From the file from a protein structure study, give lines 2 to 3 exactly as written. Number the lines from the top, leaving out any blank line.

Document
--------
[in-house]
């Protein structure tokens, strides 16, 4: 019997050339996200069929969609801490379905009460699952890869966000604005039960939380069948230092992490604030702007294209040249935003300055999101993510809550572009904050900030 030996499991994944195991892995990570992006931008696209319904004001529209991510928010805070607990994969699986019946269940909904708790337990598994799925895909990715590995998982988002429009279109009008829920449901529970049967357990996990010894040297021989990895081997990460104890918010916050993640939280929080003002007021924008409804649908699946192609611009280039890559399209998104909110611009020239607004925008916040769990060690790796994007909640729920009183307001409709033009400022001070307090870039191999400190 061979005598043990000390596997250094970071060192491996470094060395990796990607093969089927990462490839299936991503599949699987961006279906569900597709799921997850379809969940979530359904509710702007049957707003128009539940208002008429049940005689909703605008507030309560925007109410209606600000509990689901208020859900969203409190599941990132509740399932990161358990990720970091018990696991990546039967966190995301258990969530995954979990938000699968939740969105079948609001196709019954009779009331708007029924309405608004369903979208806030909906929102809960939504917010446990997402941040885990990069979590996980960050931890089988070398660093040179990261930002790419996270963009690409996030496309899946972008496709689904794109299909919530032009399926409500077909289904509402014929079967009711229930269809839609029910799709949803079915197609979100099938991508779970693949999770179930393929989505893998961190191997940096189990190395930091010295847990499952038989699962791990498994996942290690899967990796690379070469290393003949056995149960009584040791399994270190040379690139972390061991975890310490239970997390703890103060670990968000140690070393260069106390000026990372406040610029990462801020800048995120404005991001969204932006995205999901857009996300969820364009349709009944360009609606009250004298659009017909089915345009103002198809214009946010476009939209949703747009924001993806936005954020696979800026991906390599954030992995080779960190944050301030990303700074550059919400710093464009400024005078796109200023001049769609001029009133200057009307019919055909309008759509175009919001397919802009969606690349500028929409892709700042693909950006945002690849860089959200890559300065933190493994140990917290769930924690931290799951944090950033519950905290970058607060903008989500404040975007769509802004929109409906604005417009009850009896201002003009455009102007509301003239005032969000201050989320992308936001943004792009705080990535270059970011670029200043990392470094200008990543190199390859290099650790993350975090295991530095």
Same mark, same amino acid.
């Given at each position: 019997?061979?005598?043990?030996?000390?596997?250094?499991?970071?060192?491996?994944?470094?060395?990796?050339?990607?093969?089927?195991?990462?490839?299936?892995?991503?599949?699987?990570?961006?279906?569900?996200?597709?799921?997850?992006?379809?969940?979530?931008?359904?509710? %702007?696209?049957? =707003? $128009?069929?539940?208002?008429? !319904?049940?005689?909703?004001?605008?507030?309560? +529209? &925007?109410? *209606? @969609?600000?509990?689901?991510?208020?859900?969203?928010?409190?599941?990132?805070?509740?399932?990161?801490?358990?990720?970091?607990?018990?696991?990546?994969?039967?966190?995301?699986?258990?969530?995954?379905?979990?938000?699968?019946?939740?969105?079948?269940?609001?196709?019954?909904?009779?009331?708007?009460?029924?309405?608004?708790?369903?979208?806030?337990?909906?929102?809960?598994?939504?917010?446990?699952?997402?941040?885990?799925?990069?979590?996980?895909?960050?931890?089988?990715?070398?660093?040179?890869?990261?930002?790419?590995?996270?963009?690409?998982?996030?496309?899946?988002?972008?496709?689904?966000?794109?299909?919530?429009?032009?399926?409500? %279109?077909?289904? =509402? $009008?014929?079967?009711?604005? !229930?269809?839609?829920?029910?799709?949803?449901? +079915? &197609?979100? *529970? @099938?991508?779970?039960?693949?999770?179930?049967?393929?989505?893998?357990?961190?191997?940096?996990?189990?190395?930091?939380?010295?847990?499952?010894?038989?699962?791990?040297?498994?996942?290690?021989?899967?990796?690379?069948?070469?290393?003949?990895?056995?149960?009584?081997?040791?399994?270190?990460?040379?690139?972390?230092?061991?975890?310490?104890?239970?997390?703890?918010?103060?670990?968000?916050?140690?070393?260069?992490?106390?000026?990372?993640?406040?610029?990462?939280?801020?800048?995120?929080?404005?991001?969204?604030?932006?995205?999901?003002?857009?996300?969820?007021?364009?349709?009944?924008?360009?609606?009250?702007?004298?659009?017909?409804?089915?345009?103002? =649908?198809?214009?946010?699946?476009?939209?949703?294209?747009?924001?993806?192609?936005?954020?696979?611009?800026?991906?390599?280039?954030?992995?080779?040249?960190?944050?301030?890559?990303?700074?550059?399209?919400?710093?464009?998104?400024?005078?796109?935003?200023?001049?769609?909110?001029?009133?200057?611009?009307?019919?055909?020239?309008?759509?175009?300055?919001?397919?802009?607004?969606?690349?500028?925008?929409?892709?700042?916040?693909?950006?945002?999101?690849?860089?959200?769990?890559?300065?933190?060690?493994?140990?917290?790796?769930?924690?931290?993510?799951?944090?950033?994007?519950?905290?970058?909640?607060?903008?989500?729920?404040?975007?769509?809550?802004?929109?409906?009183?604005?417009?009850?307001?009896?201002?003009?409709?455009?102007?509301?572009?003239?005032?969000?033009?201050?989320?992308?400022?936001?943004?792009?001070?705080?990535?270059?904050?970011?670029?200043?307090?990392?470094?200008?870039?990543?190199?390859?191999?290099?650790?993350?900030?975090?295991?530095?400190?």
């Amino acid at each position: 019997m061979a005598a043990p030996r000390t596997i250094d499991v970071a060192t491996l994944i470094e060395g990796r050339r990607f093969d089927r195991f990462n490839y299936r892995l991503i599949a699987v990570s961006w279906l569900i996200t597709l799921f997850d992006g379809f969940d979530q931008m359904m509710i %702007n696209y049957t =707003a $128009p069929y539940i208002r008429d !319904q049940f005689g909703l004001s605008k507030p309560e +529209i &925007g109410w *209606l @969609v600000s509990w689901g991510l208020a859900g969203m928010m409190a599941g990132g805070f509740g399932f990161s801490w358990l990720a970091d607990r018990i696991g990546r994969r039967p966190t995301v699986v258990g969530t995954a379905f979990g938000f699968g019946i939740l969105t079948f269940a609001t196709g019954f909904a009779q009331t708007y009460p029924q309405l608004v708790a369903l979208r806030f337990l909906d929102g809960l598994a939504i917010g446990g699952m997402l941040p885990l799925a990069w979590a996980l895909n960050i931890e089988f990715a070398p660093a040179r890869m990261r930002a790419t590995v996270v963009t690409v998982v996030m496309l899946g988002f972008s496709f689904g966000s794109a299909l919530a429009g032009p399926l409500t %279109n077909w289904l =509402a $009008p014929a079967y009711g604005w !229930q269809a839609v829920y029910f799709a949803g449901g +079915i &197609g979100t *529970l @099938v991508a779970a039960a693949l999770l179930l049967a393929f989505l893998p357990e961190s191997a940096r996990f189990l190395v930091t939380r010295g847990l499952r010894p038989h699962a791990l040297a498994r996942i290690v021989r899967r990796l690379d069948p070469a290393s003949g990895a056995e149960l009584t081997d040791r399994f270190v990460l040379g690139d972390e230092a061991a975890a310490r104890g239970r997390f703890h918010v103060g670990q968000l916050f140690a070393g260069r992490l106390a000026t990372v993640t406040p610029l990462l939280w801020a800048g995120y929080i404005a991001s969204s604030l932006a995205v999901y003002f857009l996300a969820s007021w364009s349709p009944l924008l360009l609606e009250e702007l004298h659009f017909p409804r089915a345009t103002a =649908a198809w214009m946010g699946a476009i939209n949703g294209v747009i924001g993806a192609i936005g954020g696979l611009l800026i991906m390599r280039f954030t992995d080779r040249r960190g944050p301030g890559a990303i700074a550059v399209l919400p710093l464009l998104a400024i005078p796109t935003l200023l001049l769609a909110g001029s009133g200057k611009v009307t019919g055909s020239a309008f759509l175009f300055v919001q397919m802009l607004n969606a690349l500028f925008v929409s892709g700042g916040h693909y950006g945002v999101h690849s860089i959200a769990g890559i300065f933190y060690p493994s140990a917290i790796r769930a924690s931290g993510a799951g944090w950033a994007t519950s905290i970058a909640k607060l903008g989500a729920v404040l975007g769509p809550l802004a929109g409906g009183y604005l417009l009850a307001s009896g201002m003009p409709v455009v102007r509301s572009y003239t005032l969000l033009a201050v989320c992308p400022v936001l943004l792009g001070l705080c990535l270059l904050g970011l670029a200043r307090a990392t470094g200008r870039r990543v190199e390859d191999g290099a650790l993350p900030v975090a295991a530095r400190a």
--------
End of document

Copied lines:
């Protein structure tokens, strides 16, 4: 019997050339996200069929969609801490379905009460699952890869966000604005039960939380069948230092992490604030702007294209040249935003300055999101993510809550572009904050900030 030996499991994944195991892995990570992006931008696209319904004001529209991510928010805070607990994969699986019946269940909904708790337990598994799925895909990715590995998982988002429009279109009008829920449901529970049967357990996990010894040297021989990895081997990460104890918010916050993640939280929080003002007021924008409804649908699946192609611009280039890559399209998104909110611009020239607004925008916040769990060690790796994007909640729920009183307001409709033009400022001070307090870039191999400190 061979005598043990000390596997250094970071060192491996470094060395990796990607093969089927990462490839299936991503599949699987961006279906569900597709799921997850379809969940979530359904509710702007049957707003128009539940208002008429049940005689909703605008507030309560925007109410209606600000509990689901208020859900969203409190599941990132509740399932990161358990990720970091018990696991990546039967966190995301258990969530995954979990938000699968939740969105079948609001196709019954009779009331708007029924309405608004369903979208806030909906929102809960939504917010446990997402941040885990990069979590996980960050931890089988070398660093040179990261930002790419996270963009690409996030496309899946972008496709689904794109299909919530032009399926409500077909289904509402014929079967009711229930269809839609029910799709949803079915197609979100099938991508779970693949999770179930393929989505893998961190191997940096189990190395930091010295847990499952038989699962791990498994996942290690899967990796690379070469290393003949056995149960009584040791399994270190040379690139972390061991975890310490239970997390703890103060670990968000140690070393260069106390000026990372406040610029990462801020800048995120404005991001969204932006995205999901857009996300969820364009349709009944360009609606009250004298659009017909089915345009103002198809214009946010476009939209949703747009924001993806936005954020696979800026991906390599954030992995080779960190944050301030990303700074550059919400710093464009400024005078796109200023001049769609001029009133200057009307019919055909309008759509175009919001397919802009969606690349500028929409892709700042693909950006945002690849860089959200890559300065933190493994140990917290769930924690931290799951944090950033519950905290970058607060903008989500404040975007769509802004929109409906604005417009009850009896201002003009455009102007509301003239005032969000201050989320992308936001943004792009705080990535270059970011670029200043990392470094200008990543190199390859290099650790993350975090295991530095």
Same mark, same amino acid.